Seeds of Hope
Repurposed Dinghy Boats Nurture New Life on COVID Isolated Hat Island
by Wendy Leigh
When COVID-19 hit Washington State, sending each and all into relative isolation, few communities felt it more acutely than Hat Island in Snohomish County. The curious bump of land rising from the waters of Possession Sound, roughly halfway between the Port of Everett and Whidbey Island, suddenly became even more of an anomaly. As a boat-access-only island, sheltering in place had its own unique implications. It took only a few days for the swarthy water-centric Hat Island community to react with an innovative new project: a volunteer-based community vegetable garden tucked into refurbished dinghy boats gathered from across the island.
After a group of five island dwellers hatched the idea beneath a community pergola, wearing masks and sitting on separate picnic tables shouting- distance apart, the word spread quickly via email, social media and posted signs: it’s time to “Grow in Place.”
A cadre of islanders populated windowsills with tiny seed-filled pots, trays and egg cartons for eventual transplanting, while a truck-full of hearty scouts located and transported under-loved dinghy boats to their new home. Perched on a windswept chunk of community land near the expanded island marina, the spiffed-up boats now cradle a bounty of edibles, from summer squash to snap peas, sturdy kale, golden potatoes, kohlrabi, funny- faced carrots, butter lettuce, tomatoes galore and dozens more.
Repurposed crab rings hold bountiful blueberries and strawberries, plucked continually by socially-distanced community members who trade off morning and evening watering, often enjoying a glass of Hat Island Cellars wine at donated bistro tables just feet from the driftwood-strewn beach and crashing waves. While bald eagles soar overhead, crows perch on the driftwood garden arch and mischievous bunnies hop along the hand-crafted boardwalk built by volunteer woodworkers.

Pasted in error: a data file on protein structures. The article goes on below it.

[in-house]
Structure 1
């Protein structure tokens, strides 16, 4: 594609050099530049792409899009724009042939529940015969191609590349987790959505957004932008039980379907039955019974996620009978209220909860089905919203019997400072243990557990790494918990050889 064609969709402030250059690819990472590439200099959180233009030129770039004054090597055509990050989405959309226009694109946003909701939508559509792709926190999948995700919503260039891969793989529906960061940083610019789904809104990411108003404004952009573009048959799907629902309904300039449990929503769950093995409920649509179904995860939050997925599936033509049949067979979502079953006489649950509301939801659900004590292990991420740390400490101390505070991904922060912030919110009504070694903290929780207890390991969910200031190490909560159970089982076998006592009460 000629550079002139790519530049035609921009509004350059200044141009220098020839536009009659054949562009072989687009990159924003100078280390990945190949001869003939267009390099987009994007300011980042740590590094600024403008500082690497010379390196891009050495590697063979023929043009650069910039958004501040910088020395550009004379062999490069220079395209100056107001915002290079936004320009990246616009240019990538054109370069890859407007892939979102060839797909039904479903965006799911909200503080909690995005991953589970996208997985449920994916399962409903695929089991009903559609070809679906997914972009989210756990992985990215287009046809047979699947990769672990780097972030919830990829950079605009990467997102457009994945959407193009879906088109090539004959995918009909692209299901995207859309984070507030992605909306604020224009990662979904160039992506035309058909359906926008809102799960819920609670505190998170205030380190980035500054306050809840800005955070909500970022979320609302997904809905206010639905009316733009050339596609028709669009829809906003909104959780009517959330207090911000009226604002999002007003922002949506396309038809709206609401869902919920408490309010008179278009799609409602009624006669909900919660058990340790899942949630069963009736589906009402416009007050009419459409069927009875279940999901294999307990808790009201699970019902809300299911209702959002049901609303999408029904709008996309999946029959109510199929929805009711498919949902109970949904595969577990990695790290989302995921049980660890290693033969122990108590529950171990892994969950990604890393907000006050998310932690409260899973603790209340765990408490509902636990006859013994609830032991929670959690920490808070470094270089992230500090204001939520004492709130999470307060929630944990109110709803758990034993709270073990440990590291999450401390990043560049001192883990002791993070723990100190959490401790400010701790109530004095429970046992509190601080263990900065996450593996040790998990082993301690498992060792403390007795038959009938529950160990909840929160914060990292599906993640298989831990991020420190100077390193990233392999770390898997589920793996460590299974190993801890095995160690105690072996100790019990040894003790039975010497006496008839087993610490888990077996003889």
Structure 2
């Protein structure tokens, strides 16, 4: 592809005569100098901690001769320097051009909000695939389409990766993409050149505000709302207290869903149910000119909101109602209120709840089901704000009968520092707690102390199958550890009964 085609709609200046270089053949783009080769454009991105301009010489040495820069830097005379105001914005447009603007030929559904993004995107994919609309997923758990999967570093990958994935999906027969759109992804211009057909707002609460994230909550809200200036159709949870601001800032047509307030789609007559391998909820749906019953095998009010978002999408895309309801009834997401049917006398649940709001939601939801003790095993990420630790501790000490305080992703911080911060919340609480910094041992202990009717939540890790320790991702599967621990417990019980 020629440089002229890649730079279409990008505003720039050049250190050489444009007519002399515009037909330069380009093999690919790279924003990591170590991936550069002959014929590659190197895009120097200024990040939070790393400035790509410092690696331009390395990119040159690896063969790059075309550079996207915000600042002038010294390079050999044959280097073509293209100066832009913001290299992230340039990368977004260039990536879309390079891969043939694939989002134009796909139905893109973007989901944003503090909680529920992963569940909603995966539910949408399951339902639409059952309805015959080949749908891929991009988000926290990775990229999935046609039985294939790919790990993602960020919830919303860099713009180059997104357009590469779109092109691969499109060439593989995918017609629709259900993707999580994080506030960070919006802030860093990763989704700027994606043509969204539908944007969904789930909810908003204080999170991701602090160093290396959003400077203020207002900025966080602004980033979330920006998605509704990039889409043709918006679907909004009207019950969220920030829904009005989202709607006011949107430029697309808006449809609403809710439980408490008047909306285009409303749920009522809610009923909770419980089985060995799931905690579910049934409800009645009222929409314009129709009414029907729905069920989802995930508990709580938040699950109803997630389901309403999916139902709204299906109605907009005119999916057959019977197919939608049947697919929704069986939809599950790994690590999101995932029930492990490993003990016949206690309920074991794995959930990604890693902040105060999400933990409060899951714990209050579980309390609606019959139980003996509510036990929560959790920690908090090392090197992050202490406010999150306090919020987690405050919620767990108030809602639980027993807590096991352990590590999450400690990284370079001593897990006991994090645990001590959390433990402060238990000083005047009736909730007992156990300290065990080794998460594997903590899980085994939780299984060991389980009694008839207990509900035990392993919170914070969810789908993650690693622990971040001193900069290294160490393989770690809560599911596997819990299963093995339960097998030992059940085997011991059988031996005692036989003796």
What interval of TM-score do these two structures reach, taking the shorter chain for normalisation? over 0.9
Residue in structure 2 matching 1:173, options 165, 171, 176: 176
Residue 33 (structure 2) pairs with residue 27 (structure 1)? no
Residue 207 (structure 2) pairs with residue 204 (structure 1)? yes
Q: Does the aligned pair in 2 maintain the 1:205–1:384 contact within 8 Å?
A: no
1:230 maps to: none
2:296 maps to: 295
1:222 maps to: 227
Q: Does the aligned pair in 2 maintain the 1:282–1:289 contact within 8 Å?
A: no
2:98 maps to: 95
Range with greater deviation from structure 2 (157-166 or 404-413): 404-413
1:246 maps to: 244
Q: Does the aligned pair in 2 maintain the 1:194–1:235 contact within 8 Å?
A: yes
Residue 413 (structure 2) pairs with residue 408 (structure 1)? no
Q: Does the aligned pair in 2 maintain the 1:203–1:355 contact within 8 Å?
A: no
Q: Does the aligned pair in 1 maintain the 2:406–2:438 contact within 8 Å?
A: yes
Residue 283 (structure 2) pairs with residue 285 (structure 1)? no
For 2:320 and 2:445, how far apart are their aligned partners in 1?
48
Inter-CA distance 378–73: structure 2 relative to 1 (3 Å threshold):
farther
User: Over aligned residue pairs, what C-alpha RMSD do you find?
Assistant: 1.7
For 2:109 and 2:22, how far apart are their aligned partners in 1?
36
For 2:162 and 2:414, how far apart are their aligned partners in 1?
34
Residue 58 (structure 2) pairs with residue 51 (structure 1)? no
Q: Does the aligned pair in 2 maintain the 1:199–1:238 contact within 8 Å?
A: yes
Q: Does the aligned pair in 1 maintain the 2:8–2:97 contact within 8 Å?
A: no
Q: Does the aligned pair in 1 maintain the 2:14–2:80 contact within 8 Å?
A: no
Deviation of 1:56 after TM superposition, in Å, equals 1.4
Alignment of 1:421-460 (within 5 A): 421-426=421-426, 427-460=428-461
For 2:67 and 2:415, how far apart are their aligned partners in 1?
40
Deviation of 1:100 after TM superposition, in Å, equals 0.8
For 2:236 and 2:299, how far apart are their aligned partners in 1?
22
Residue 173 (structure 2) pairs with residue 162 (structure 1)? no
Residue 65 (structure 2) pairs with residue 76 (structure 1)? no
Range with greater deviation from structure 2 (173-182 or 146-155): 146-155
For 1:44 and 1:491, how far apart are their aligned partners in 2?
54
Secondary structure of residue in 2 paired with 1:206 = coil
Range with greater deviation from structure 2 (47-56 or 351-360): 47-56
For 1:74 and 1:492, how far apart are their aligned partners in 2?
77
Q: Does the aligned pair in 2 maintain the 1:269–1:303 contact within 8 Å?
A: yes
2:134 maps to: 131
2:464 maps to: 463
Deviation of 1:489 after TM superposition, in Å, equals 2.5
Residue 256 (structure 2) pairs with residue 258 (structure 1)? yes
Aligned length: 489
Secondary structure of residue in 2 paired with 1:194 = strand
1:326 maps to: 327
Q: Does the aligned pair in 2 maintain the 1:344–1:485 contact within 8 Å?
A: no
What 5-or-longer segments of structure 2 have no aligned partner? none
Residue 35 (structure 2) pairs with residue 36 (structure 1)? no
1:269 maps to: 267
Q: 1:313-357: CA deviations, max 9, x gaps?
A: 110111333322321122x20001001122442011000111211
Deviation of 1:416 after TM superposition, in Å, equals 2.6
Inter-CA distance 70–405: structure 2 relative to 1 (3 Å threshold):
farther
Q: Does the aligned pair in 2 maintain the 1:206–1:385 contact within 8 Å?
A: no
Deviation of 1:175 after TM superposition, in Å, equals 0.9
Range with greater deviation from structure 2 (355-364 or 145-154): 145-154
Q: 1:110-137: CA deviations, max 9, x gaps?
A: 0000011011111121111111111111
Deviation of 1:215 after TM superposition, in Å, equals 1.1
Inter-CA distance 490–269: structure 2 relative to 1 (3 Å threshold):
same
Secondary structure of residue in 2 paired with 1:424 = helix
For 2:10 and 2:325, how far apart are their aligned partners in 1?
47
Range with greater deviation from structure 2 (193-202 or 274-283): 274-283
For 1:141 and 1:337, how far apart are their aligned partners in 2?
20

The Hat Island Volunteer Vegetable Garden officially opened on July 4th, followed by a colorful presence in the zany annual Independence Day parade. Masked and socially-distanced garden volunteers skipped, strolled and danced in elaborate veggie costumes, tucked inside makeshift cardboard cutouts of dinghy boats. It’s all documented online in the garden’s digital GROW magazine. Though more than 240 homes ring Hat Island’s perimeter and forested interior, many parcels of land are still uncleared.
About 70 hearty Hatters, give or take, live on the island year-round, joined by a steady stream of owners on weekends or in summer months.
They’re often asked what happens during a medical emergency, especially during a worldwide pandemic.
In a nutshell, the answer is: helicopter healthcare. Residents purchase medical-transport insurance through Airlift Northwest, a nonprofit entity of UW Medicine in Seattle. The chopper lands in a dedicated spot near the Hat Island volunteer fire department, where trained island EMT’s have already transported the patient and prepped him or her for airlift.
To date, only one case of COVID- 19 has made its way across the water, at which point the island staff, as well as ferry and maintenance crews, initiated immediate testing to ensure the virus didn’t spread. According to the COVID-19 patient, official public- health contract tracers who phoned were stunned to hear that all potential contacts had already been informed, tested and isolated.
When Governor Jay Inslee announced Washington’s “Stay Home, Stay Healthy” order on March 23, 2020, it touched every neighbourhood, city, school and workplace in its own way. Inhabitants of the mysterious, isolated Hat Island feel fortunate they could take the mandate literally – by enhancing their island “home” with a “healthy” flourishing vegetable garden to anchor and feed the community in stormy times.